Politics & Policy

Carly Fiorina Has Taken 314 More Questions Than Hillary Clinton

Next question? (Andrew Burton/Getty)

Carly Fiorina’s campaign points out that she has taken 314 more questions from the press than Hillary Clinton has since their respective presidential campaign announcements.

Fiorina has answered 322 questions since last Monday according to a memo from her team, while, as Politico noted last week, Clinton has responded to just eight questions since launching her campaign on April 12.

“Unlike Hillary Clinton, I am not afraid to answer questions about my track record or my accomplishments or my principles,” Fiorina said on the stump and in the memo.

Fiorina needs the press attention in order to make an underdog bid for the GOP nomination. Hillary Clinton is in a very different position, as the presumptive Democratic nominee.

Clinton’s campaign argues that she talks to voters, but Politico observed that “many of the people asking the questions at these events were preselected by the campaign or the group hosting the campaign.”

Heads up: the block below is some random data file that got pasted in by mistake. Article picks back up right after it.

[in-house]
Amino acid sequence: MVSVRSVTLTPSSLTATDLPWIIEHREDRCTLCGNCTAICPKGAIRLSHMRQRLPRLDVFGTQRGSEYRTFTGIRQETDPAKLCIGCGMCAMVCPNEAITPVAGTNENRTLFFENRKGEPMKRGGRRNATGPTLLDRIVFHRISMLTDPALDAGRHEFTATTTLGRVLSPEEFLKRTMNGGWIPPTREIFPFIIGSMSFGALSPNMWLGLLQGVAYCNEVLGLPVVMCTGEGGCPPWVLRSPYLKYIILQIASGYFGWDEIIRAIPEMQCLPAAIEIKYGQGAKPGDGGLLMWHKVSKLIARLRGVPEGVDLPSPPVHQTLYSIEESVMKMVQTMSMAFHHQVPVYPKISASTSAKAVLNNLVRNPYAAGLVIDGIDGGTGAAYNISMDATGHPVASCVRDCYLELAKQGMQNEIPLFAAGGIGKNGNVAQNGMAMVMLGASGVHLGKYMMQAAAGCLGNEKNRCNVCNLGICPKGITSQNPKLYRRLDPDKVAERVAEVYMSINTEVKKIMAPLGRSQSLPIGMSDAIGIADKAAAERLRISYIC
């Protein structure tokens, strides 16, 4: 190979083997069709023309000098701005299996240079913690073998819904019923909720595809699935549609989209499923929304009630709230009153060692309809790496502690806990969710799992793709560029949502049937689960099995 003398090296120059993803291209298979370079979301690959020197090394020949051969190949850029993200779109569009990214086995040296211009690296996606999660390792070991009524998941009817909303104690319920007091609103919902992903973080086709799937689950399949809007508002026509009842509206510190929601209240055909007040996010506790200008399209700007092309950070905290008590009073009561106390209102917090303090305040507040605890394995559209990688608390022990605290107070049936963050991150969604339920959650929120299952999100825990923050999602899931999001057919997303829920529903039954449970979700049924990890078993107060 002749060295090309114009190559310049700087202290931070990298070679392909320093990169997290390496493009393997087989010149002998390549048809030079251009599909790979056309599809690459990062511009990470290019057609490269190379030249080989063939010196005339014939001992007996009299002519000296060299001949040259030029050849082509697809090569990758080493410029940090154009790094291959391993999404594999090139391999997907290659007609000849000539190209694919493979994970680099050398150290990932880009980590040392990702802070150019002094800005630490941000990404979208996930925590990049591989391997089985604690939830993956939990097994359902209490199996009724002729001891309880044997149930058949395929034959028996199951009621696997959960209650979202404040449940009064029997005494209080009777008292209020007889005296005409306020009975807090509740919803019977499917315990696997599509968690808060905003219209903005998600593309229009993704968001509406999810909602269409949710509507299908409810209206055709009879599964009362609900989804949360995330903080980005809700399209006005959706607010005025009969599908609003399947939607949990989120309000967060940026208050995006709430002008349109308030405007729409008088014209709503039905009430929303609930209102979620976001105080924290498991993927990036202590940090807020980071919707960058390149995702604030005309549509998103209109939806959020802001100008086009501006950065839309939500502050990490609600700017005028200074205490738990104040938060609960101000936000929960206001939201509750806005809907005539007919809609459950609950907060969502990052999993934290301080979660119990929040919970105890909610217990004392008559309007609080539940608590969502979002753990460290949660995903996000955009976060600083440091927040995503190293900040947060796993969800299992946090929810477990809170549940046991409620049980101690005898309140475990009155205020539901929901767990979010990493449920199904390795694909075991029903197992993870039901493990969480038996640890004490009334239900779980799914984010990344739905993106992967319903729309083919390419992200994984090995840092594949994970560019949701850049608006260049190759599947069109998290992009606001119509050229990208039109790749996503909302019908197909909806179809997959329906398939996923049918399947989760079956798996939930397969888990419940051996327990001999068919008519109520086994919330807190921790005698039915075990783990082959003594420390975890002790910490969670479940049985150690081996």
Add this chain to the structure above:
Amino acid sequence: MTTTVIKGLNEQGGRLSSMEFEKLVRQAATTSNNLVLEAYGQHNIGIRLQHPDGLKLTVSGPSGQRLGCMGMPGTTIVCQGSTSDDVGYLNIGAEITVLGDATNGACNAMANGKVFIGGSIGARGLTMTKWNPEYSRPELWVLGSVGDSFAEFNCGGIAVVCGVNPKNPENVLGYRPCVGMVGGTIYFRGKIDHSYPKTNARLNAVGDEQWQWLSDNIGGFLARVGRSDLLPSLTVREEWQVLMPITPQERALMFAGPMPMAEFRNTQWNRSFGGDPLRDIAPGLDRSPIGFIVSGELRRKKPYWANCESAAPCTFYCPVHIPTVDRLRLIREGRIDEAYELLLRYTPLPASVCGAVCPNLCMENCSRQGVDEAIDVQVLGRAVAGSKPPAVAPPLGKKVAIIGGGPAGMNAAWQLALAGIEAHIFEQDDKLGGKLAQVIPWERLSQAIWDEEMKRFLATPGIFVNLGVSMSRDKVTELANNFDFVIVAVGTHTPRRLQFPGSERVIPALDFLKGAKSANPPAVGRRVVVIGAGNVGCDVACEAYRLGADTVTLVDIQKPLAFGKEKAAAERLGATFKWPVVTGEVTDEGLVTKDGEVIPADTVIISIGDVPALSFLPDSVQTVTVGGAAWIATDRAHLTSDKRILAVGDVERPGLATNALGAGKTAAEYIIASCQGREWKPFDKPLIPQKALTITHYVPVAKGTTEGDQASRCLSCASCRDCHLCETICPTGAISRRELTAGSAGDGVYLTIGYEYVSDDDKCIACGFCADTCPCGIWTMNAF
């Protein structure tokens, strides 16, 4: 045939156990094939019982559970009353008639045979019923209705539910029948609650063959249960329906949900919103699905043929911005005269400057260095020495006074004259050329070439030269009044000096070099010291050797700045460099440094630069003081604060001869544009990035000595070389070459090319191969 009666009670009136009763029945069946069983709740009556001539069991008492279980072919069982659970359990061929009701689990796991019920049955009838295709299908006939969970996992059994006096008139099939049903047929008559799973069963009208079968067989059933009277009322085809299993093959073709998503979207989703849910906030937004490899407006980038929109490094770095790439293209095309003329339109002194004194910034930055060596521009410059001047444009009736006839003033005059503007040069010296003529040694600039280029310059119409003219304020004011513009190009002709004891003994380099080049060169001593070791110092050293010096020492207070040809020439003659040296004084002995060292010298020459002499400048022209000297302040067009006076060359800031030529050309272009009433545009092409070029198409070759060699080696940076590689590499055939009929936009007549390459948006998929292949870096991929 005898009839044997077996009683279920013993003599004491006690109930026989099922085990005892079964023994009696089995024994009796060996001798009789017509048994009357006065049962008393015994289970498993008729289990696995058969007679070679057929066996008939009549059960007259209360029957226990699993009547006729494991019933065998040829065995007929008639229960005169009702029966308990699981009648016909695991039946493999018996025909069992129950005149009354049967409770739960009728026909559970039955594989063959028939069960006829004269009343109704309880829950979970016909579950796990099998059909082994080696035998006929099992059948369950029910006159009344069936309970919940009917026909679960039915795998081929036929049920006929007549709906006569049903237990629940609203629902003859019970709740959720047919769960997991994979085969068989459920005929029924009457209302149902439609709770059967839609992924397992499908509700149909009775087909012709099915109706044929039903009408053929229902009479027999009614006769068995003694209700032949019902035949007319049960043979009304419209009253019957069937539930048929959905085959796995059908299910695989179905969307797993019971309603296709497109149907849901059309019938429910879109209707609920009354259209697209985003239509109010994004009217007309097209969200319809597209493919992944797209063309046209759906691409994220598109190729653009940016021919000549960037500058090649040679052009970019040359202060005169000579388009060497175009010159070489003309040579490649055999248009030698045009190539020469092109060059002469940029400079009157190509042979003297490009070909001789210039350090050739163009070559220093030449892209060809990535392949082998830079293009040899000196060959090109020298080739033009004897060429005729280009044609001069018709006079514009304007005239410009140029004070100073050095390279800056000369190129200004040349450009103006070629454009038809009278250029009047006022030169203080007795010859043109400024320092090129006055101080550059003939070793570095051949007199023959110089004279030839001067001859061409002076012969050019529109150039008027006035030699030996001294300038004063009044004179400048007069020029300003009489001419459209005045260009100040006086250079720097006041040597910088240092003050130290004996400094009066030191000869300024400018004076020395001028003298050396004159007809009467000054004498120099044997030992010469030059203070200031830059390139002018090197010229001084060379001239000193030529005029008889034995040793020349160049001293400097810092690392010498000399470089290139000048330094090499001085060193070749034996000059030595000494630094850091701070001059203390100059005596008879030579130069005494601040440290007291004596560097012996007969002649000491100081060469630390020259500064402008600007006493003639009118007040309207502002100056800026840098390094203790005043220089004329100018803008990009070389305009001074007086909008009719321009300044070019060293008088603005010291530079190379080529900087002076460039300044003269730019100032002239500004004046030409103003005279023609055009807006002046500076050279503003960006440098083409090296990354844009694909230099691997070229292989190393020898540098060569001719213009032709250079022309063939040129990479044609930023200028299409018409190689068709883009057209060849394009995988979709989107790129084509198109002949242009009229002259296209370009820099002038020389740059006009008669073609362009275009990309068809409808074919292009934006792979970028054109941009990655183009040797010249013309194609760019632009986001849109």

#related#Clinton’s strategy may be working, but so, it seems, is Fiorina’s. At the South Carolina Freedom Summit on Saturday, Fiorina didn’t shy away from her record as CEO of Hewlett-Packard, touting herself as having played a key role in keeping HP afloat through the dot-com bust, before directly addressing her messy exit from the company.

“I was fired in a boardroom brawl,” Fiorina told the crowd. “One of the things I know is that leaders challenge the status quo. And there are people who fight to preserve the status quo and those who fight to preserve the status quo become the enemies of those who fight to change the system.” With that, she’d turned her firing into an applause line.

The audience liked Fiorina, but one moment stood out. “If you want to help me, please go on to carlyforpresident.com and sign up and sign on.” This was a standard request for anyone, especially an underdog in need of grassroots support. The seven seconds of applause that followed? Not so standard.

— Joel Gehrke is a political reporter for National Review.

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